Tuesday, April 05, 2016

Trade Deficit Increased in February to $47.1 Billion

by Bill McBride on 4/05/2016 08:41:00 AM

The Department of Commerce reported:

The U.S. Census Bureau and the U.S. Bureau of Economic Analysis, through the Department of Commerce, announced today that the goods and services deficit was $47.1 billion in February, up $1.2 billion from $45.9 billion in January, revised. February exports were $178.1 billion, $1.8 billion more than January exports. February imports were $225.1 billion, $3.0 billion more than January imports.
The trade deficit was larger than the consensus forecast of $46.2 billion.

The first graph shows the monthly U.S. exports and imports in dollars through February 2016.

U.S. Trade Exports Imports Click on graph for larger image.

Imports increased and exports increased in February.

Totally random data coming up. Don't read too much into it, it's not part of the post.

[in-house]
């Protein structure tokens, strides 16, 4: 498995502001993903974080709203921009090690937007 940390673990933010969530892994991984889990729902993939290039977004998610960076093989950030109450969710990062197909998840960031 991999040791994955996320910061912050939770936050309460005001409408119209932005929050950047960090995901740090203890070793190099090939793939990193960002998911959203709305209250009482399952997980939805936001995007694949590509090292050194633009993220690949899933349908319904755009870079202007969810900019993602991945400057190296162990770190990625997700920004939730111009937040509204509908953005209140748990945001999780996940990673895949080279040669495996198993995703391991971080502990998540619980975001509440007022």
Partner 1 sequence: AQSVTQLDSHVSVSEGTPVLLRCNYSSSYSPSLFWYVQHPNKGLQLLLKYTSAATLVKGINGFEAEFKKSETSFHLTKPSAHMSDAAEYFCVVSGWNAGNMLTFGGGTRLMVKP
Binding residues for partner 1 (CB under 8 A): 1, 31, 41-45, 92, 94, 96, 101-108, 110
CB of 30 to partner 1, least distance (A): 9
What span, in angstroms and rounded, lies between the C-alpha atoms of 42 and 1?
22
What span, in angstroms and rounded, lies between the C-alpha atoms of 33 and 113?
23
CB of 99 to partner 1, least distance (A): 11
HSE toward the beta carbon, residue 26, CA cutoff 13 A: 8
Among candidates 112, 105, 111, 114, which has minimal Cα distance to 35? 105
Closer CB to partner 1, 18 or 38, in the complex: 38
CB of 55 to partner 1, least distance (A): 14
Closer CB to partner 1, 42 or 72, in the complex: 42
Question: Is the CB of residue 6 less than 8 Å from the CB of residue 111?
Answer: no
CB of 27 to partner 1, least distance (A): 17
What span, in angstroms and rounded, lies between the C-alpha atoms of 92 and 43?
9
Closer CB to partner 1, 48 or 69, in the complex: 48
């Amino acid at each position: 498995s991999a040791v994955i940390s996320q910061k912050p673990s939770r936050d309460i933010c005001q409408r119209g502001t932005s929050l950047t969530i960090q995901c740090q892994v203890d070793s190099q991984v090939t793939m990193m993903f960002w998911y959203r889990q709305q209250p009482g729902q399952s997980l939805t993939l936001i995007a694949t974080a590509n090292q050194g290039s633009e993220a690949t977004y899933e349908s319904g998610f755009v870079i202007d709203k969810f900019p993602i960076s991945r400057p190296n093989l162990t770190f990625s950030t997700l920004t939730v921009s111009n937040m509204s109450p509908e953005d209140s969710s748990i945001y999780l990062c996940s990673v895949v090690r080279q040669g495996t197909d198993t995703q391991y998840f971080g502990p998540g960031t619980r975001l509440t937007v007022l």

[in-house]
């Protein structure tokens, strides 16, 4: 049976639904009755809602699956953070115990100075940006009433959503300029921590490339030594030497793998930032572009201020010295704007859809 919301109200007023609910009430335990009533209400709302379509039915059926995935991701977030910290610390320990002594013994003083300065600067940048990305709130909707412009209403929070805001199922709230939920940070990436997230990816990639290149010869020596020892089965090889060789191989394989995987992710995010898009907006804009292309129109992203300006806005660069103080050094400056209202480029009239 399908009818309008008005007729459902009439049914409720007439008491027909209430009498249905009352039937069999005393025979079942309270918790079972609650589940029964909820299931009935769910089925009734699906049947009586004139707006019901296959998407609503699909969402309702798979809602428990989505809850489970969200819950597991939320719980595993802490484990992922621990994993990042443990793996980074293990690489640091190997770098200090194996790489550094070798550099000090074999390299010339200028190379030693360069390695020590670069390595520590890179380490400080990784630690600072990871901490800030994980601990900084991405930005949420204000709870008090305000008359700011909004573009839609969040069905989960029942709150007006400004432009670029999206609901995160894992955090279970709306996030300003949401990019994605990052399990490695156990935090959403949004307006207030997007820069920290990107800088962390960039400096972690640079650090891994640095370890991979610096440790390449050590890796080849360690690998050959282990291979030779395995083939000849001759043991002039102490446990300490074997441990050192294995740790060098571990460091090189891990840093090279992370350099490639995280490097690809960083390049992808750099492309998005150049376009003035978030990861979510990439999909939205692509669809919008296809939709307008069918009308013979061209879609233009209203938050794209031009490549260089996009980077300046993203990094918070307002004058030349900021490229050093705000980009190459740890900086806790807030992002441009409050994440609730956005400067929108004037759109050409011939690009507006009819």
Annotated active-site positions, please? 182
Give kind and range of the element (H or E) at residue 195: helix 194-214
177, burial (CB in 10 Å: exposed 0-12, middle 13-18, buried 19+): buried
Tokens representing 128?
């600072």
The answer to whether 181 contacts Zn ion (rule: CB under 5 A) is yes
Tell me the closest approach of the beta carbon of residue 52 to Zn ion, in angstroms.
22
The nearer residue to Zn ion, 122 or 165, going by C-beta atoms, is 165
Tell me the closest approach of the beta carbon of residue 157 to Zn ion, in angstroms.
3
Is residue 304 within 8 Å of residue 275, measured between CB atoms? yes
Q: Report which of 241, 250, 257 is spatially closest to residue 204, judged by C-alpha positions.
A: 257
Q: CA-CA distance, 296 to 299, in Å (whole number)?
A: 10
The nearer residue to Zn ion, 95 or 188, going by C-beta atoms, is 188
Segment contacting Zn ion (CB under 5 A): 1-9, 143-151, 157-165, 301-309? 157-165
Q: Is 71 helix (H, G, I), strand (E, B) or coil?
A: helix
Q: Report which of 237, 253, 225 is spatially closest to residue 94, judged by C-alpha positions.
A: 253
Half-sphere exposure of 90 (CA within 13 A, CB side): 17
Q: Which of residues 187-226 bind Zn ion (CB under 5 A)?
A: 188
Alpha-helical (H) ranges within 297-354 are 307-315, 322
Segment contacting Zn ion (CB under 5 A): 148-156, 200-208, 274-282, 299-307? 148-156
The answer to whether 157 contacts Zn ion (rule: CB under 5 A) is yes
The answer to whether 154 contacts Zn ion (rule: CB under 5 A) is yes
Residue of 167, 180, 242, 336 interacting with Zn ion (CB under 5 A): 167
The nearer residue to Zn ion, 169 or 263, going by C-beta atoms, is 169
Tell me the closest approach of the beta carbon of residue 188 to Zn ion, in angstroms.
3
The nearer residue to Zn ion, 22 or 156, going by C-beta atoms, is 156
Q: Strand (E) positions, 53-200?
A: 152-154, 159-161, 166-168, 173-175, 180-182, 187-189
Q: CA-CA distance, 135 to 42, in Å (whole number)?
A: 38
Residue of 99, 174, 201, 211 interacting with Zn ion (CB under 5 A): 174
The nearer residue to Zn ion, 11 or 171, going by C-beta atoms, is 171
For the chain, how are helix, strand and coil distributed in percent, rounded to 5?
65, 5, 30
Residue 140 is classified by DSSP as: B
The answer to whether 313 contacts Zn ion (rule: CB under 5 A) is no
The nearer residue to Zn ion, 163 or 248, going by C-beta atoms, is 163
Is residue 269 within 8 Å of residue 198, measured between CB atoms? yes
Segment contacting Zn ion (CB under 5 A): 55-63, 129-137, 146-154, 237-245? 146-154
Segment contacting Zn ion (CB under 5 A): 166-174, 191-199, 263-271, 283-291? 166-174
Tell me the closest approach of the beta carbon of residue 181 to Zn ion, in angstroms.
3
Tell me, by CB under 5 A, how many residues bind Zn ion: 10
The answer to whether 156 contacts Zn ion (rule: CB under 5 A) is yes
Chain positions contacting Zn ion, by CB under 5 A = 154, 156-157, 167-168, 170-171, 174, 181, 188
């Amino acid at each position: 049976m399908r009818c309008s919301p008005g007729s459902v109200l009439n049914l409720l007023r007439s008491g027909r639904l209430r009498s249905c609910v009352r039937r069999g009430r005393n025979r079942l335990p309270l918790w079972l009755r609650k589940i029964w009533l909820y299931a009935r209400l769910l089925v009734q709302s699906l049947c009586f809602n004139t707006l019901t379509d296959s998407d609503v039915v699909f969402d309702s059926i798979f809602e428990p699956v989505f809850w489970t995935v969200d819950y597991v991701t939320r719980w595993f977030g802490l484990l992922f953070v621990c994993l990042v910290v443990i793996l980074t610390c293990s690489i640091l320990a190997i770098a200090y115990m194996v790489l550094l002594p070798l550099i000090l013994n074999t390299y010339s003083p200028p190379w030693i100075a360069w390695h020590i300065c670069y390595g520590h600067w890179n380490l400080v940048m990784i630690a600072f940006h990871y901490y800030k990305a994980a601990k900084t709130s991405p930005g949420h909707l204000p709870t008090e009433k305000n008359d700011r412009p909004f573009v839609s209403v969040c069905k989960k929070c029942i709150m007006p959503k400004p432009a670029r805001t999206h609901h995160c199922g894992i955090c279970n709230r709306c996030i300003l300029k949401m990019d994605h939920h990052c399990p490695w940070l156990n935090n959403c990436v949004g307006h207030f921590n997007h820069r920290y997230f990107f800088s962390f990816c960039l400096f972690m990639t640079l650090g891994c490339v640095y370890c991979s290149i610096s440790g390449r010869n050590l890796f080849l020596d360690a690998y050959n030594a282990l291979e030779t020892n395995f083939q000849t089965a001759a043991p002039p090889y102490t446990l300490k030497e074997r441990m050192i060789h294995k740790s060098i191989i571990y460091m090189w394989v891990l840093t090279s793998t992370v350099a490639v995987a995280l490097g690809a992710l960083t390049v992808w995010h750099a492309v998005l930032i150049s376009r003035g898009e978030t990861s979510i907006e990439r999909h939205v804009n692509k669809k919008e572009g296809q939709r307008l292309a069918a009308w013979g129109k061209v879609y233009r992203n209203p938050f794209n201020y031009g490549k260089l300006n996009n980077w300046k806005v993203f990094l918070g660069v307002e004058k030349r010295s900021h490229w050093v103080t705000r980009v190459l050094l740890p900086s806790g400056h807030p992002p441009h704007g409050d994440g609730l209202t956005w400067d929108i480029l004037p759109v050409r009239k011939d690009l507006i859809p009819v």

Exports are 7% above the pre-recession peak and down 4% compared to February 2015; imports are 3% below the pre-recession peak, and unchanged compared to February 2015. 

The second graph shows the U.S. trade deficit, with and without petroleum.

U.S. Trade Deficit The blue line is the total deficit, and the black line is the petroleum deficit, and the red line is the trade deficit ex-petroleum products.

Oil imports averaged $27.48 in February, down from $32.06 in January, and down from $49.53 in February 2015.  The petroleum deficit has generally been declining and is the major reason the overall deficit has declined a little since early 2012.

The trade deficit with China increased to $28.1 billion in February, from $22.5 billion in February 2015 (there was a port slowdown last year impacting imports). The deficit with China is a substantial portion of the overall deficit.